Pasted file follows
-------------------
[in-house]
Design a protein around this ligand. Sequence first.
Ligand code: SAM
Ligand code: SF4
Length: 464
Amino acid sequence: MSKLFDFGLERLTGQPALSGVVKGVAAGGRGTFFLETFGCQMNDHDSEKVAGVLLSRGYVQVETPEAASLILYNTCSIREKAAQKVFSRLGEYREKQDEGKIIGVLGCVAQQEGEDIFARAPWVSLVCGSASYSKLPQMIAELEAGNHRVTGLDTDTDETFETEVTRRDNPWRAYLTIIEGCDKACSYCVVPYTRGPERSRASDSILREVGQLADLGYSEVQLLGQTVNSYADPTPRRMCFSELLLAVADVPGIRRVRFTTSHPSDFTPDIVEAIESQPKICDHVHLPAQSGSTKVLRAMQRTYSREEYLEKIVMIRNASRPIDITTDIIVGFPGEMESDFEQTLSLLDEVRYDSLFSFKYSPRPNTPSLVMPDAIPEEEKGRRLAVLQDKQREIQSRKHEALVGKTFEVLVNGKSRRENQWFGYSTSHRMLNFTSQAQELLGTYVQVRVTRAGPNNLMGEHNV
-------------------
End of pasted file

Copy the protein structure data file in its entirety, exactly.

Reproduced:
[in-house]
Design a protein around this ligand. Sequence first.
Ligand code: SAM
Ligand code: SF4
Length: 464
Amino acid sequence: MSKLFDFGLERLTGQPALSGVVKGVAAGGRGTFFLETFGCQMNDHDSEKVAGVLLSRGYVQVETPEAASLILYNTCSIREKAAQKVFSRLGEYREKQDEGKIIGVLGCVAQQEGEDIFARAPWVSLVCGSASYSKLPQMIAELEAGNHRVTGLDTDTDETFETEVTRRDNPWRAYLTIIEGCDKACSYCVVPYTRGPERSRASDSILREVGQLADLGYSEVQLLGQTVNSYADPTPRRMCFSELLLAVADVPGIRRVRFTTSHPSDFTPDIVEAIESQPKICDHVHLPAQSGSTKVLRAMQRTYSREEYLEKIVMIRNASRPIDITTDIIVGFPGEMESDFEQTLSLLDEVRYDSLFSFKYSPRPNTPSLVMPDAIPEEEKGRRLAVLQDKQREIQSRKHEALVGKTFEVLVNGKSRRENQWFGYSTSHRMLNFTSQAQELLGTYVQVRVTRAGPNNLMGEHNV